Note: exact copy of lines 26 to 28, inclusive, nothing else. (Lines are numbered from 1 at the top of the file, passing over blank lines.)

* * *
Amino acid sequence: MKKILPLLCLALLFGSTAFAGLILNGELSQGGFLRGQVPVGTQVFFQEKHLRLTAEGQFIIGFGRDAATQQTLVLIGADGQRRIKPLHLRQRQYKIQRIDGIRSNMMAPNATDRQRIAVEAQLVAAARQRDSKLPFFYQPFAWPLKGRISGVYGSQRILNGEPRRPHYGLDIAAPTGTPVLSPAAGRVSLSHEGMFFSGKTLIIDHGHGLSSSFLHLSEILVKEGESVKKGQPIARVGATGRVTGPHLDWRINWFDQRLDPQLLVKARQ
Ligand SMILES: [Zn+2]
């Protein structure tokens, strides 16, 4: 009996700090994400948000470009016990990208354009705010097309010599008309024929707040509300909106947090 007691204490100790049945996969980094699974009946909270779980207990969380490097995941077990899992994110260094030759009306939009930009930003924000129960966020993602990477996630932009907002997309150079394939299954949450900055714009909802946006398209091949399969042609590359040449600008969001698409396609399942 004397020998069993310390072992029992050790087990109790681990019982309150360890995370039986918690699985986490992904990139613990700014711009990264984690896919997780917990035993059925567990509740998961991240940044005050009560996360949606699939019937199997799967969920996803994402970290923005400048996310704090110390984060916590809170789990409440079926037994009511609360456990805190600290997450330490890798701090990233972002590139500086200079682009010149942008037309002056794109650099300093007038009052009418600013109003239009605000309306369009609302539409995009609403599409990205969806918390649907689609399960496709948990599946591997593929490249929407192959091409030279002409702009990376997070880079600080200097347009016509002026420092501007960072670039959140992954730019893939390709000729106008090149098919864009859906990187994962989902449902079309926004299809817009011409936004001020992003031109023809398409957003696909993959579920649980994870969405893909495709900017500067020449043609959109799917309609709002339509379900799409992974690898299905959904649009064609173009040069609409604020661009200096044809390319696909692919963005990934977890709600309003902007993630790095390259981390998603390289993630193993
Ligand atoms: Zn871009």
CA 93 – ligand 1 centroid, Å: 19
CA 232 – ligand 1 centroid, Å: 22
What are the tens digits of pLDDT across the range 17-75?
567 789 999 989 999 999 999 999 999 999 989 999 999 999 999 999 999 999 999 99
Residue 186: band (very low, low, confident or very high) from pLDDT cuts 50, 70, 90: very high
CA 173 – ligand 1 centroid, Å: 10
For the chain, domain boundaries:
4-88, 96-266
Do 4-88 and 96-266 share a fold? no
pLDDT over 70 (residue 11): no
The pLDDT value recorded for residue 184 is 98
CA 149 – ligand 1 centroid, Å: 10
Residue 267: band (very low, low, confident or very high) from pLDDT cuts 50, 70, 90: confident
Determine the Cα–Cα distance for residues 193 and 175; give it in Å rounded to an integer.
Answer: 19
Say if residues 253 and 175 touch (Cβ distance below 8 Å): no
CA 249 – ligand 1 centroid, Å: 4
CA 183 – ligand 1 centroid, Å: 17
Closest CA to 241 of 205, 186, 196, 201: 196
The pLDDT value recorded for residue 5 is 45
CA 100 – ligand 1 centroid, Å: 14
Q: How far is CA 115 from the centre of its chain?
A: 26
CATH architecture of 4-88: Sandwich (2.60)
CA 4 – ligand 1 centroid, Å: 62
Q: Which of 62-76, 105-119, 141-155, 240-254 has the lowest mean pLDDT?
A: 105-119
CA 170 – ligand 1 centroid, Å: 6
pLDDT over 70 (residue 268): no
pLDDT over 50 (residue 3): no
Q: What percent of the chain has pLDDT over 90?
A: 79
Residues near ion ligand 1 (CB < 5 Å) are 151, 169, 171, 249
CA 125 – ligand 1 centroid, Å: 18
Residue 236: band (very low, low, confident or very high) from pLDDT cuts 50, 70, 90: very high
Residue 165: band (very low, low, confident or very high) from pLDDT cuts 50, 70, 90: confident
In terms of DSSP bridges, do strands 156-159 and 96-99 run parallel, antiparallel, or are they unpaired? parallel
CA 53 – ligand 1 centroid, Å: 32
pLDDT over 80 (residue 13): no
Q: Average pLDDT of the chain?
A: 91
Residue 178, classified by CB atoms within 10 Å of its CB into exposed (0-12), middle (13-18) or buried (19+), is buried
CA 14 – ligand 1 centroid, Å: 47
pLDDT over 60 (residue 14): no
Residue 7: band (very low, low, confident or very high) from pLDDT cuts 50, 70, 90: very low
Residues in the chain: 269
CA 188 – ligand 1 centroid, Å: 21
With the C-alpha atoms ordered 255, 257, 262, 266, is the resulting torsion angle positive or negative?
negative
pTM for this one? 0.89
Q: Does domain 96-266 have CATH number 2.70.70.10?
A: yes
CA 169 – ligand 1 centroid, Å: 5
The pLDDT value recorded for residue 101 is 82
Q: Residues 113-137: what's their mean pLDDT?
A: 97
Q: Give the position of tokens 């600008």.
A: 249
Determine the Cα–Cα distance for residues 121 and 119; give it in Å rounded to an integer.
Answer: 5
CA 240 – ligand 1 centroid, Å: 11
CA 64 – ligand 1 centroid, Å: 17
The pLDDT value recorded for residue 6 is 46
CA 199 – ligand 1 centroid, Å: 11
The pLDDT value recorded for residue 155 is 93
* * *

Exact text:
Q: How far is CA 115 from the centre of its chain?
A: 26
CATH architecture of 4-88: Sandwich (2.60)